I frequently lose sight of myself as an artist. As someone with low self-esteem and a fragile sense of self, being an artist in 21st century Brexit Britain is hard work. It’s not a job that’s seen as particularly important in late-stage capitalist society, especially if you’re not an artist who makes objects that you can sell to beautify people’s walls or shelves. While I definitely feel like an artist, sometimes it’s hard to pin down exactly what that means, especially if I’m in a fallow period of not producing or creating much work.
A recent article by Alistair Gentry in a-n reminded me how important it is to talk about the impact of mental health challenges on our identities and productivity as artists. Mental health has always had a huge impact on my productivity. About four years ago I was diagnosed with bipolar disorder, which made sense of my periods of manic activity followed by suicidal depression when my ideas became too big for me to handle. Medication made my symptoms worse, so for almost three years I’ve been managing the disorder through intensive psychoanalytical psychotherapy. This has helped me understand the triggers for my manic behaviour – usually an escape from an uncomfortable thought or feeling, as well as depression – a fairly logical form of escape from life itself when it becomes altogether overwhelming.
Recently I’ve been reflecting on the impact of motherhood on my identity as a woman and as an artist. A month ago, I started the Artist Residency in Motherhood, founded by Lenka Clayton; have become a member of Spilt Milk, an artist-led social enterprise based in Scotland whose mission is to promote the work of artists who are mothers and last year attended Oxytocin, Procreate’s symposium about motherhood, art and mental health. These projects are wonderful to see in their artistic celebration of the invisible things we do as mothers – the hours spent on something with nothing really to show for it at the end. However, I often find that projects about motherhood frequently focus on new mothers with babes-in-arms, but once that babe has grown to a certain size, you’re supposed to know what you’re doing and your role as mother becomes even more invisible. I certainly have had periods of feeling utterly invisible, both before becoming a mother, but more acutely afterwards. Your child takes centre stage and questions are directed to or about them, but seldom about you. It is easy to retreat into a dark place when you feel like you don’t exist. Or to escape into manic activity which (in your mind) will solve your or even the world’s problems in one fell swoop.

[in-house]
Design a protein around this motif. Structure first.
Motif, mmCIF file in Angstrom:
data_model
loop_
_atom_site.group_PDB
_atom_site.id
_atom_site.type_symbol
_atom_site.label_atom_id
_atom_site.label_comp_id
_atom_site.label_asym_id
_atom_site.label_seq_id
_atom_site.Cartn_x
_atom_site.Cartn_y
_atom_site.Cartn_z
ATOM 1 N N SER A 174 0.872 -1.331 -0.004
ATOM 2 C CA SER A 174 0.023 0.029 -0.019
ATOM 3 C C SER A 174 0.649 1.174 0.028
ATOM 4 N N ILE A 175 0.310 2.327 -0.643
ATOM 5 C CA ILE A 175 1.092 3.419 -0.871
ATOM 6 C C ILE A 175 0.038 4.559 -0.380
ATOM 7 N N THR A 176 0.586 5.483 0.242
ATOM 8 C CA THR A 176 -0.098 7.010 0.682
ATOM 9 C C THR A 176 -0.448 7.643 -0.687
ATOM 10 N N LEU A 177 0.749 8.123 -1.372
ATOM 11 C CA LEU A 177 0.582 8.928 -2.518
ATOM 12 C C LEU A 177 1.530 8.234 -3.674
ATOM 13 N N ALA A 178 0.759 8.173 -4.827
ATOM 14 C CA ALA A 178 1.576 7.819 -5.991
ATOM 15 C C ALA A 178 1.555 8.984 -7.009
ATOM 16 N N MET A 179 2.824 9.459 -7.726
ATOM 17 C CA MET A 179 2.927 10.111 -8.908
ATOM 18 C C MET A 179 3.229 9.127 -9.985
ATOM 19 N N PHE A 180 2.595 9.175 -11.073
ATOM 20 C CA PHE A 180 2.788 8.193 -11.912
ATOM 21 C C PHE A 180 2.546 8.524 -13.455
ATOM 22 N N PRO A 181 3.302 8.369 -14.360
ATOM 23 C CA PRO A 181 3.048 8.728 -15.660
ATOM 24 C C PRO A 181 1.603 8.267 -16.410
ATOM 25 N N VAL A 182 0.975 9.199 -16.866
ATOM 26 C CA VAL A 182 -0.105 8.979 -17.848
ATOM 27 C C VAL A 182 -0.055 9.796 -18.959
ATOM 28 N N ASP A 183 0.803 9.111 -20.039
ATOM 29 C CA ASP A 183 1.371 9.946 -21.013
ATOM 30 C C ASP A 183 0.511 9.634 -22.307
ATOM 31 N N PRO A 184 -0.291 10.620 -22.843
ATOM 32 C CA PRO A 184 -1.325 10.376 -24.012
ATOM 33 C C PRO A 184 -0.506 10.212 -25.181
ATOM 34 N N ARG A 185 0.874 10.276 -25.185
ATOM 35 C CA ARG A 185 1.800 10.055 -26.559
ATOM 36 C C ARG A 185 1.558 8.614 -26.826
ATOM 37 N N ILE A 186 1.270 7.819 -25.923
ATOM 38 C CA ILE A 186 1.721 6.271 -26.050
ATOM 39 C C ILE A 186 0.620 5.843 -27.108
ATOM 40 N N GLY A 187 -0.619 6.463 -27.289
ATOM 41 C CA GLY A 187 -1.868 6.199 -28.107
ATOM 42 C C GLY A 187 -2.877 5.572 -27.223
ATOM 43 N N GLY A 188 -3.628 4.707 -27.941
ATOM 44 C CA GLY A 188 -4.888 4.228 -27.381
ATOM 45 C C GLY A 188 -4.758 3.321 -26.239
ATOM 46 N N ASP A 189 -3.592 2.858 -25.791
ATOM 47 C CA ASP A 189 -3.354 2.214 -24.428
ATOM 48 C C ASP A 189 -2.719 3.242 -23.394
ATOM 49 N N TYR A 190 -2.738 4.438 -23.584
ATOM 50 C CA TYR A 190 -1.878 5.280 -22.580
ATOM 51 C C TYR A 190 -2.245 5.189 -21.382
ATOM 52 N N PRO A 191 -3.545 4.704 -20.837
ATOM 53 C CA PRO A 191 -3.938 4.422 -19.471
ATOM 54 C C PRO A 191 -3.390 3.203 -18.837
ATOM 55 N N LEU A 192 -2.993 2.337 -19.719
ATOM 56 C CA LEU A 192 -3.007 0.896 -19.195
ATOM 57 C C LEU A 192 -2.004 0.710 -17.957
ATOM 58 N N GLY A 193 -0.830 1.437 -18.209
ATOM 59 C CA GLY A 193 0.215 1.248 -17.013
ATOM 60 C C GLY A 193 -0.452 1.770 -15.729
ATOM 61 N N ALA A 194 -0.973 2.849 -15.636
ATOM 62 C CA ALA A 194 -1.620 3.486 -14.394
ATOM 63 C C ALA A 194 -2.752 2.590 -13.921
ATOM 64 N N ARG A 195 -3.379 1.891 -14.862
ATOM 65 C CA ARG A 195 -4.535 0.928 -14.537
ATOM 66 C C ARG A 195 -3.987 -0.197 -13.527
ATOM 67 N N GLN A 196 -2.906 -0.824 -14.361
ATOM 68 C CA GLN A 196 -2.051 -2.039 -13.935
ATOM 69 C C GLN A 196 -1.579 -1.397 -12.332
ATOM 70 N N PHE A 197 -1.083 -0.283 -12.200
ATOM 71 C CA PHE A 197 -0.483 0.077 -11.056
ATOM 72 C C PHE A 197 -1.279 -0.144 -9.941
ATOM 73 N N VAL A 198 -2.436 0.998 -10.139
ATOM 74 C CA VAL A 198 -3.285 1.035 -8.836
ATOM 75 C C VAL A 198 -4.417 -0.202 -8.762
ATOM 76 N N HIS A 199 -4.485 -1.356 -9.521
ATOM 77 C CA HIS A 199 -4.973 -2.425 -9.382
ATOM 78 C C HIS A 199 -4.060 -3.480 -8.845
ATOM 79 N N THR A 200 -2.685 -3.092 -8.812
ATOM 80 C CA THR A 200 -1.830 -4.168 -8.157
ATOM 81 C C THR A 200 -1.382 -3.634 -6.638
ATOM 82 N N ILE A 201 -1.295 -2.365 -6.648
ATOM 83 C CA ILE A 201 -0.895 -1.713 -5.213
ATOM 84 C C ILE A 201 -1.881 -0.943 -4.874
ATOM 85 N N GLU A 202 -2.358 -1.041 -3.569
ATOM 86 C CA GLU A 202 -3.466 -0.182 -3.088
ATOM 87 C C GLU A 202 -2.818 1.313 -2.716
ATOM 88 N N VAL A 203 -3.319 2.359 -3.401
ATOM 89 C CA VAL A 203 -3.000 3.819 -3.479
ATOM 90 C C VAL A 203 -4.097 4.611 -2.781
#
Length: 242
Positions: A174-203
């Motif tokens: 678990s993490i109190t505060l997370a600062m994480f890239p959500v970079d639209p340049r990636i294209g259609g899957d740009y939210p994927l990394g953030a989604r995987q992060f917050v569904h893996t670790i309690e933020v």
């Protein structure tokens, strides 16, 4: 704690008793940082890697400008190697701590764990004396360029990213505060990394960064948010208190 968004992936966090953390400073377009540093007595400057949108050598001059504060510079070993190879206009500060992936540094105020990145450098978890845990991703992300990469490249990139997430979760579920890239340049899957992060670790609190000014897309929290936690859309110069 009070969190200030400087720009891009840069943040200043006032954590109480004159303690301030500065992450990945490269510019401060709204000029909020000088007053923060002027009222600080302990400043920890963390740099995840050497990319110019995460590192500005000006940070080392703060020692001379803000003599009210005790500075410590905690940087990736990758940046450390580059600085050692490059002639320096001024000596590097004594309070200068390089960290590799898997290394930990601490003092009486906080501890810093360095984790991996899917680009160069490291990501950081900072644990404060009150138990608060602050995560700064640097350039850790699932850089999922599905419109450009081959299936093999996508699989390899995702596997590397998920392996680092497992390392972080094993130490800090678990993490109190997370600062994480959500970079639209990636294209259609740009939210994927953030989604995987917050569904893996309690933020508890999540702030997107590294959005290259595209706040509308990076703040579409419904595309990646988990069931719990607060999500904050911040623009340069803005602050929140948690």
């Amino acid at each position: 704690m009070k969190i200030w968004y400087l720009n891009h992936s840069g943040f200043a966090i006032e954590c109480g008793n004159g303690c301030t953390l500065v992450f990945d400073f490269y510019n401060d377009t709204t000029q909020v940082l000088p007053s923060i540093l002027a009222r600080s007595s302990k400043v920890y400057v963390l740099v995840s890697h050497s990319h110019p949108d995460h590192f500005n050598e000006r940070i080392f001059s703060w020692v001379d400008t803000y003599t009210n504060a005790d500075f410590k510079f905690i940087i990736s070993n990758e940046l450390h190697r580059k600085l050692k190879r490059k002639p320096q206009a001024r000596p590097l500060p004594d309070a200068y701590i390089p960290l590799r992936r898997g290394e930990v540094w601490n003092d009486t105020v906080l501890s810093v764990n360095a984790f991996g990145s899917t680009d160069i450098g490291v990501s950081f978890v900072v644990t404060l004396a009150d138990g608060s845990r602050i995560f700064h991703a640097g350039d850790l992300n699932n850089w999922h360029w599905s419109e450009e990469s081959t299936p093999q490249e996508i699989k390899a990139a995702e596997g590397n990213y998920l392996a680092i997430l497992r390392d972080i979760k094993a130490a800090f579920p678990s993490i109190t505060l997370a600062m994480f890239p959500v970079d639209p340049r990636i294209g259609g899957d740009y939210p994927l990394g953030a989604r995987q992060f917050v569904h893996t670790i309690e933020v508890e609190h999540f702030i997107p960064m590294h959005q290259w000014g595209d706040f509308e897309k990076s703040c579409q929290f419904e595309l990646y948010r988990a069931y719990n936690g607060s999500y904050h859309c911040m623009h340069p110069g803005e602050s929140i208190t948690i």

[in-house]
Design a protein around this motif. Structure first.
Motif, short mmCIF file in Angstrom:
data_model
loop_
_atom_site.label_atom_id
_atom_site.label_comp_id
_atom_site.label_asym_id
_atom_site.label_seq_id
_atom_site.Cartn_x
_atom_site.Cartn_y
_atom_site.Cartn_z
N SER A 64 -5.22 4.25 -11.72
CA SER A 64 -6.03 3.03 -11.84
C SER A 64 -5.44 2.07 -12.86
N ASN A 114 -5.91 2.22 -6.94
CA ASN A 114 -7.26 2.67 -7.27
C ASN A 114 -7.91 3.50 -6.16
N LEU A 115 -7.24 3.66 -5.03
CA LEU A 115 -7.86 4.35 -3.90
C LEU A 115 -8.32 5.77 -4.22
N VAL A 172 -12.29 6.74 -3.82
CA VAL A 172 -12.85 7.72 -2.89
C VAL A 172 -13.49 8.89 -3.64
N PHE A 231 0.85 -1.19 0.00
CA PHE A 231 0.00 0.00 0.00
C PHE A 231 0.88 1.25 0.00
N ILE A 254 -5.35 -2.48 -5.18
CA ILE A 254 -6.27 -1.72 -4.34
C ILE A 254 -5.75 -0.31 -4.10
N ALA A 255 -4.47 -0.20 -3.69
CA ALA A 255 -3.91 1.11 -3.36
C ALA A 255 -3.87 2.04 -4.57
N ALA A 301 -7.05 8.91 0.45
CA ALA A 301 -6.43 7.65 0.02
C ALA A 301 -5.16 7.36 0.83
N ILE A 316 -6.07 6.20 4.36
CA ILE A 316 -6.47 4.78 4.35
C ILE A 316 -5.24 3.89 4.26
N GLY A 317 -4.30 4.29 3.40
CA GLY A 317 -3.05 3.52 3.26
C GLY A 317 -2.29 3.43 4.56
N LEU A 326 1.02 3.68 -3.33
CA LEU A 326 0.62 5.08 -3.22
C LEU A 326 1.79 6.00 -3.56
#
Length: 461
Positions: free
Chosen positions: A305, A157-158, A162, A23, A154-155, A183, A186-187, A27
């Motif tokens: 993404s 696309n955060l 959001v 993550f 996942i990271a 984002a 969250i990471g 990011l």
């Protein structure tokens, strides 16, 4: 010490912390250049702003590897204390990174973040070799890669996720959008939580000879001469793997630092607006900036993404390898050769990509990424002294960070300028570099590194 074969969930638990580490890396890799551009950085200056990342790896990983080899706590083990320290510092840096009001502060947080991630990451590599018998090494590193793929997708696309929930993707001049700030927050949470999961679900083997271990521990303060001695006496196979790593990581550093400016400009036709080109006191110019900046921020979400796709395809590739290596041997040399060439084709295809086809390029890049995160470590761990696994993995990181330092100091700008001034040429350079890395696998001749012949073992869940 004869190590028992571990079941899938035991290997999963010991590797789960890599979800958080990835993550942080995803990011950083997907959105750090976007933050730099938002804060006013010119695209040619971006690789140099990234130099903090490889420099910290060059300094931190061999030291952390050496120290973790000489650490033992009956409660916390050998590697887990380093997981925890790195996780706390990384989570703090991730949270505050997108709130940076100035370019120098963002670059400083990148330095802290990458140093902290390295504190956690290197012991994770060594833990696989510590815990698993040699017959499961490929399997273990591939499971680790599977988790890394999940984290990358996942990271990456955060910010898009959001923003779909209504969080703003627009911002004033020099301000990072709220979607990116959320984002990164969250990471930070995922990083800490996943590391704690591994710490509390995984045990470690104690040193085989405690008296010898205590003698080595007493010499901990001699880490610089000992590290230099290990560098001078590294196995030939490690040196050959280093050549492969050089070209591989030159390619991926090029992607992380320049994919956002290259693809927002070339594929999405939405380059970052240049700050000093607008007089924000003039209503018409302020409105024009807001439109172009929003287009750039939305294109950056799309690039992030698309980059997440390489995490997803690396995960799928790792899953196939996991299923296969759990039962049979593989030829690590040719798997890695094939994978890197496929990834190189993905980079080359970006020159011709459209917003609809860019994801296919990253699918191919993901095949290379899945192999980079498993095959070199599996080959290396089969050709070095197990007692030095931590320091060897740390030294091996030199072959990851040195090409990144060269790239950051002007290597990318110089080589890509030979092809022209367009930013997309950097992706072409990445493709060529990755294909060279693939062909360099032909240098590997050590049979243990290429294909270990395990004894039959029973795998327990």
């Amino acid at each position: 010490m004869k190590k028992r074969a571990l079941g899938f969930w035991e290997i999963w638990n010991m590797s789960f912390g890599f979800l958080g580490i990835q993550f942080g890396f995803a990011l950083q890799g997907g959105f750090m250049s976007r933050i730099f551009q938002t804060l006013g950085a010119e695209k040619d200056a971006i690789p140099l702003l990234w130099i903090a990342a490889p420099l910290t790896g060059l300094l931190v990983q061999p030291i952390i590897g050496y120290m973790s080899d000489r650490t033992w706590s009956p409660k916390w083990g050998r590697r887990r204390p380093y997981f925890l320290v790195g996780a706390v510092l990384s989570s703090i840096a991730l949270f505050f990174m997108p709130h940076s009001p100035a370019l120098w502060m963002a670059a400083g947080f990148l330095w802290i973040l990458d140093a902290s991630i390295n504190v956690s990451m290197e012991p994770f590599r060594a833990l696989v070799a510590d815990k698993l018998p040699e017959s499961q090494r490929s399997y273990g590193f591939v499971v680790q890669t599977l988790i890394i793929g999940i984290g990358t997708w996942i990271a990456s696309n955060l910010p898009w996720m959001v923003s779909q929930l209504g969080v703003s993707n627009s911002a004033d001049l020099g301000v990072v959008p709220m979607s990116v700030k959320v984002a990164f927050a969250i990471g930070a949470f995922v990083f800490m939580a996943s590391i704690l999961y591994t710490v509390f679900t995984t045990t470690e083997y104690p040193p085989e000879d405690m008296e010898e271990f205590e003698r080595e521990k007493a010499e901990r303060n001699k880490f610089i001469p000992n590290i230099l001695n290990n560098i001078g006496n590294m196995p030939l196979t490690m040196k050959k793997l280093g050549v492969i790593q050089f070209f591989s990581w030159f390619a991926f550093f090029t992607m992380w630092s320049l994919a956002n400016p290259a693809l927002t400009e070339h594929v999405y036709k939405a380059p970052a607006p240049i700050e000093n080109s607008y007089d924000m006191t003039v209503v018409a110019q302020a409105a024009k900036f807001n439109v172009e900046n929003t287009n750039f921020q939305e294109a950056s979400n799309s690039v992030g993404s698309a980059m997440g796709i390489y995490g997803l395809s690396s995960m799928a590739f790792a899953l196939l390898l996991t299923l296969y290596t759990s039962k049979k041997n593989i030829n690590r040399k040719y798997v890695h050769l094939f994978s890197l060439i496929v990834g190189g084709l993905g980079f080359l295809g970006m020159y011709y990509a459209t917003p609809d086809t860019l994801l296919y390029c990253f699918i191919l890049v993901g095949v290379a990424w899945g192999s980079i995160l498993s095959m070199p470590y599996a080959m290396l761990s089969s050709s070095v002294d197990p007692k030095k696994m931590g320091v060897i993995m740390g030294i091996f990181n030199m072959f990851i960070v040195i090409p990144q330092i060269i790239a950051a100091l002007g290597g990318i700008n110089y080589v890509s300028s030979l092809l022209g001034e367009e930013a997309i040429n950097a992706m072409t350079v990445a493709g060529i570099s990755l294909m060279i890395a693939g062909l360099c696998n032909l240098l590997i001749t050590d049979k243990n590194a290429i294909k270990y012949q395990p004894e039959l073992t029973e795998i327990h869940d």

Having had a year of relative stability, I recently had another episode of suicidal depression. This was brought on by the relentless heat wave coupled with headlines about world-wide wildfires and climate catastrophes, (during which my brain told me this was the End of Days), the summer holidays (relentless mothering and little time for creative output) and the cessation of therapy while my therapist took a well-earned break. Written down, these elements don’t sound like enough to make me want to take the pills I have stashed in my cupboard (just in case), or to do any of the other violently destructive things my brain was screaming at me to do, but with my condition, they were enough and it took all my energy to block out the intrusive thoughts and not act upon them.
My question during times like this is: what’s the point? What’s the point of suffering when I know so many others who are struggling? What’s the point of soldiering on when life only decides to kick you back to the bottom of the snake after you’ve spent months climbing the ladder? But in more lucid times, I think that if my experience of coming through these struggles could help just one person, then it would all be worth it.
So I have started work on The Motherlode Project.
Mother lode: a principal vein or zone of gold or silver ore, or colloquially the real/imaginary origin of something valuable or in great abundance [Wikipedia].
The aim of this project is to extract the gold from challenging experiences of motherhood by giving opportunities for artists who are mothers to work with mothers who may be experiencing mental health difficulties as a result of motherhood. This will involve a series of art/writing workshops led by artist-mothers for a group of mothers referred by mental health organisations resulting in an exhibition/publication of their work. I am in the process of submitting a bid to the Arts Council as well as investigating other sources of funding and have had positive responses from artist-mother friends who are interested in getting involved.
So for me, extracting the artistic gold from the excruciatingly painful elements of motherhood are what makes it all worth it. If I can help others, who may be struggling to see the point of it all, through my role as an artist with lived experience of mental health challenges, then so much the better.